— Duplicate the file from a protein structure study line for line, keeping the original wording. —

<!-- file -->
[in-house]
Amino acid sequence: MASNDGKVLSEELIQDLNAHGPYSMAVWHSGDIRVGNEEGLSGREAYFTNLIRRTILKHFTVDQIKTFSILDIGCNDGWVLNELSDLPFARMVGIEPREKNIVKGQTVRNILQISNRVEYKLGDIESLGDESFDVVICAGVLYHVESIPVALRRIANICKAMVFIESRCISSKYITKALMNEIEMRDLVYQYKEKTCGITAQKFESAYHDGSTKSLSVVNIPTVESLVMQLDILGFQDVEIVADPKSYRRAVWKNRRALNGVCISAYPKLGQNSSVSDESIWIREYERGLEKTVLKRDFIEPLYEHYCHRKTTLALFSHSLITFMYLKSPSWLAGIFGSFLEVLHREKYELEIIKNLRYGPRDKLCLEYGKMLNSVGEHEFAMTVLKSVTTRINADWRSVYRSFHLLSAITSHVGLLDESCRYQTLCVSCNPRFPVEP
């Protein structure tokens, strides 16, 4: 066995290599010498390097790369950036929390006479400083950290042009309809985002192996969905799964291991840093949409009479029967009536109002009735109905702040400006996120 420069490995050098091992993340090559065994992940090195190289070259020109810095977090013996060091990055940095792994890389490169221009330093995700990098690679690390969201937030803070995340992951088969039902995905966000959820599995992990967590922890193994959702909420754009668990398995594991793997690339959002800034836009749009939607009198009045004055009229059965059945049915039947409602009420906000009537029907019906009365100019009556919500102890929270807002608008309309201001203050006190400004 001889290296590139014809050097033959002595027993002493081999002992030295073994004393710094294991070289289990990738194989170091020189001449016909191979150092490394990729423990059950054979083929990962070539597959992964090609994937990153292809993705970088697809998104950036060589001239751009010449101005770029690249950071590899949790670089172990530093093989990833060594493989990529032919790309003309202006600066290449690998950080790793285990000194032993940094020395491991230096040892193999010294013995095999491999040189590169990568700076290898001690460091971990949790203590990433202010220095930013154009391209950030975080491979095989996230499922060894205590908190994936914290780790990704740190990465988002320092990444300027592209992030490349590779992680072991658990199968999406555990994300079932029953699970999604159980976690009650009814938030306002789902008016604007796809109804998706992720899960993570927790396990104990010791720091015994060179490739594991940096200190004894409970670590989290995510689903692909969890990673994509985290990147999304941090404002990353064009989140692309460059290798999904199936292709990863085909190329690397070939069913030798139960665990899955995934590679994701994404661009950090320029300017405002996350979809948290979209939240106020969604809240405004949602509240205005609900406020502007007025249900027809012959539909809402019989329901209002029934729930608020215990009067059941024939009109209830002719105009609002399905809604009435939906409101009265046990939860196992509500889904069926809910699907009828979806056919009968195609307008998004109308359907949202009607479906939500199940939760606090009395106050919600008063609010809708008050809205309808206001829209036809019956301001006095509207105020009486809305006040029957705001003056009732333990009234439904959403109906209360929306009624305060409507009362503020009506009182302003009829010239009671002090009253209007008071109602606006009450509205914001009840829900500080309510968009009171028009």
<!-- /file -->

[in-house]
Amino acid sequence: MASNDGKVLSEELIQDLNAHGPYSMAVWHSGDIRVGNEEGLSGREAYFTNLIRRTILKHFTVDQIKTFSILDIGCNDGWVLNELSDLPFARMVGIEPREKNIVKGQTVRNILQISNRVEYKLGDIESLGDESFDVVICAGVLYHVESIPVALRRIANICKAMVFIESRCISSKYITKALMNEIEMRDLVYQYKEKTCGITAQKFESAYHDGSTKSLSVVNIPTVESLVMQLDILGFQDVEIVADPKSYRRAVWKNRRALNGVCISAYPKLGQNSSVSDESIWIREYERGLEKTVLKRDFIEPLYEHYCHRKTTLALFSHSLITFMYLKSPSWLAGIFGSFLEVLHREKYELEIIKNLRYGPRDKLCLEYGKMLNSVGEHEFAMTVLKSVTTRINADWRSVYRSFHLLSAITSHVGLLDESCRYQTLCVSCNPRFPVEP
């Protein structure tokens, strides 16, 4: 066995290599010498390097790369950036929390006479400083950290042009309809985002192996969905799964291991840093949409009479029967009536109002009735109905702040400006996120 420069490995050098091992993340090559065994992940090195190289070259020109810095977090013996060091990055940095792994890389490169221009330093995700990098690679690390969201937030803070995340992951088969039902995905966000959820599995992990967590922890193994959702909420754009668990398995594991793997690339959002800034836009749009939607009198009045004055009229059965059945049915039947409602009420906000009537029907019906009365100019009556919500102890929270807002608008309309201001203050006190400004 001889290296590139014809050097033959002595027993002493081999002992030295073994004393710094294991070289289990990738194989170091020189001449016909191979150092490394990729423990059950054979083929990962070539597959992964090609994937990153292809993705970088697809998104950036060589001239751009010449101005770029690249950071590899949790670089172990530093093989990833060594493989990529032919790309003309202006600066290449690998950080790793285990000194032993940094020395491991230096040892193999010294013995095999491999040189590169990568700076290898001690460091971990949790203590990433202010220095930013154009391209950030975080491979095989996230499922060894205590908190994936914290780790990704740190990465988002320092990444300027592209992030490349590779992680072991658990199968999406555990994300079932029953699970999604159980976690009650009814938030306002789902008016604007796809109804998706992720899960993570927790396990104990010791720091015994060179490739594991940096200190004894409970670590989290995510689903692909969890990673994509985290990147999304941090404002990353064009989140692309460059290798999904199936292709990863085909190329690397070939069913030798139960665990899955995934590679994701994404661009950090320029300017405002996350979809948290979209939240106020969604809240405004949602509240205005609900406020502007007025249900027809012959539909809402019989329901209002029934729930608020215990009067059941024939009109209830002719105009609002399905809604009435939906409101009265046990939860196992509500889904069926809910699907009828979806056919009968195609307008998004109308359907949202009607479906939500199940939760606090009395106050919600008063609010809708008050809205309808206001829209036809019956301001006095509207105020009486809305006040029957705001003056009732333990009234439904959403109906209360929306009624305060409507009362503020009506009182302003009829010239009671002090009253209007008071109602606006009450509205914001009840829900500080309510968009009171028009």